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The Saab 37 Viggen "1967"

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Saab 37 Viggen "the tufted duck"

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The Saab 37 Viggen

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The Saab 37 Viggen

he Saab 37 Viggen (Swedish for “the bolt” or “the tufted duck” (see name))[Nb 1][2] is a retired Swedish single-seat, single-engine, short-medium range combat aircraft. Development work on the type was initiated at Saab in 1952 and, following the selection of a radical delta wing configuration, the resulting aircraft performed its first flight on 8 February 1967 and entered service in 21 June 1971. It was the first canard design produced in quantity.[3] The Viggen was also the most advanced[vague] fighter jet in Europe until the introduction of the Panavia Tornado into operational service in 1981.

Design

The Viggen was powered by a single Volvo RM8 turbofan. This was essentially a licence-built variant of the Pratt & Whitney JT8D engine that powered commercial airliners of the 1960s, with an afterburner added for the Viggen. The airframe also incorporated a thrust reverser to use during landings and land manoeuvres, which, combined with the aircraft having flight capabilities approaching a limited STOL-like performance, enabled operations from 500 m airstrips with minimal support. The thrust reverser could be pre-selected in the air to engage when the nose-wheel strut was compressed after touchdown via a pneumatic trigger.

 

Saab

J37 viggen

Role Attack, fighter, reconnaissance
National origin Sweden
Manufacturer Saab AB
First flight 8 February 1967
Introduction 21 June 1971 (AJ 37)
Retired 26 June 2007 (SK 37E)
Primary user Swedish Air Force
Produced 1970–1990
Number built 329

Operators

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Saab J37 Viggen "Fighter"

Variants

AJ 37
Primarily a single-seat ground-attack fighter aircraft (AJ: Attack-Jakt), with a secondary fighter role.[106] RM8A powerplant. PS 37A radar.[ First delivery in mid-1971, 108 built, with serial numbers 37001-37108. 48 airframes upgraded to AJS 37. Partially decommissioned in 1998.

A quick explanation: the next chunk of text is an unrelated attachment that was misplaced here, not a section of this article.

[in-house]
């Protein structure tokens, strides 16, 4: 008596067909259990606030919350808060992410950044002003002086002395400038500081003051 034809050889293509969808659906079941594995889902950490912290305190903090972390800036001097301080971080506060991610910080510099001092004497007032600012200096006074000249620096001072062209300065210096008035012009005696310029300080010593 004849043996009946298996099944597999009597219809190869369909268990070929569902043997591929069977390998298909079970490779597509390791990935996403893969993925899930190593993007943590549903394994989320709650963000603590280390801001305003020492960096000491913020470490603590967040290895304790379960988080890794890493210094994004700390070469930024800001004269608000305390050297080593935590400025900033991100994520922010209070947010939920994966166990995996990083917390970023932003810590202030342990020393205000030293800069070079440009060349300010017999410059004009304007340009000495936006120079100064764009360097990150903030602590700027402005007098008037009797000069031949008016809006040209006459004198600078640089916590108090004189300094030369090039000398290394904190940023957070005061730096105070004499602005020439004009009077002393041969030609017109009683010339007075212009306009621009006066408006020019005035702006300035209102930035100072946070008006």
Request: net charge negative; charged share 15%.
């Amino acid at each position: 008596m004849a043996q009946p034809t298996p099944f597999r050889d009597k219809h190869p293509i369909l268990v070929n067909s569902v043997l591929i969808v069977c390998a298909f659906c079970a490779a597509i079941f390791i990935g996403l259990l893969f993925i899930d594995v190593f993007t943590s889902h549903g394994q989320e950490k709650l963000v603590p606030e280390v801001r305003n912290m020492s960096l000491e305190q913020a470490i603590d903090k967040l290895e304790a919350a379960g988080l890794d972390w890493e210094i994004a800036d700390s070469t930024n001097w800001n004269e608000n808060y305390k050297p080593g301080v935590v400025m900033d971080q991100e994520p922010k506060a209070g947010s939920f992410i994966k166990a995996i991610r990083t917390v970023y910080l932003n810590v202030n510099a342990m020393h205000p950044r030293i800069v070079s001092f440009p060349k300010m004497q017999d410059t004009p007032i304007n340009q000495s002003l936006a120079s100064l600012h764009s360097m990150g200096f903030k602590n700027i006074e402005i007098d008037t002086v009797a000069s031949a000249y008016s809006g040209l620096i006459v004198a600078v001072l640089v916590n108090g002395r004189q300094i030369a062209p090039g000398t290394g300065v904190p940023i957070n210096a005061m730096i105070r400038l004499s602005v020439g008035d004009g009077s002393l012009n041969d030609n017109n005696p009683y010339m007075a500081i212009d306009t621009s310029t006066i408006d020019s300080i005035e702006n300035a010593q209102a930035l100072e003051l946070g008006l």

SK 37
Two-seat trainer aircraft (Sk: Skol) with no radar and reduced fuel. First flight on 2 July 1970. 17 built, with delivery from June 1972, serial numbers 37801-37817. Decommissioned in 2003, 10 airframes converted to SK 37E.
SF 37
Single-seat photographic reconnaissance aircraft (SF: Spaning Foto), with radar replaced by battery of cameras in nose, with provision for additional reconnaissance pods. It made its first flight on 21 May 1973. 28 built, with deliveries from April 1977, serial numbers 37950-37977. 25 airframes upgraded to AJSF 37. Partially decommissioned in 1998.

Specifications

  • Crew: 1
  • Length: 16.4 m (53 ft 10 in)
  • Wingspan: 10.6 m (34 ft 9 in)
  • Height: 5.9 m (19 ft 4 in)
  • Wing area: 46 m2 (500 sq ft)
  • Empty weight: 9,500 kg (20,944 lb)
  • Gross weight: 16,000 kg (35,274 lb) (AJ37 17,000 kg (37,479 lb))[134]
  • Max takeoff weight: 20,000 kg (44,092 lb)
  • Powerplant: 1 × Volvo RM8B afterburning turbofan, 72.1 kN 

Maximum speed: 2,231 km/h (1,386 mph, 1,205 kn) at 36,100 ft (11,003 m)

Maximum speed: Mach 2.1

Range: 2,000 km (1,200 mi, 1,100 nmi) internal fuel only

Service ceiling: 18,000 m (59,000 ft)

Rate of climb: 203 m/s (40,000 ft/min) 

1 × 30 mm Oerlikon KCA cannon with 150 rounds

6 missile stations for 2 RB71 Skyflash (only JA37), 4 AIM-120 AMRAAM (JA 37D), or 6 AIM-9 Sidewinder or 4 rocket pods (135 mm, 5.4 in). U95 ECM pod (JA 37D)

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A 2012 Jane's Aerospace and Defense Consulting study compared the operational costs of a number of modern combat aircraft, concluding that Gripen had the lowest cost per flight hour (CPFH) when fuel used, pre-flight preparation and repair, and scheduled airfield-level maintenance together with associated personnel costs were combined. The Gripen had an estimated CPFH of US$4,700 whereas the next lowest, the F-16 Block 40/50, had a 49% higher CPFH at $7,000.

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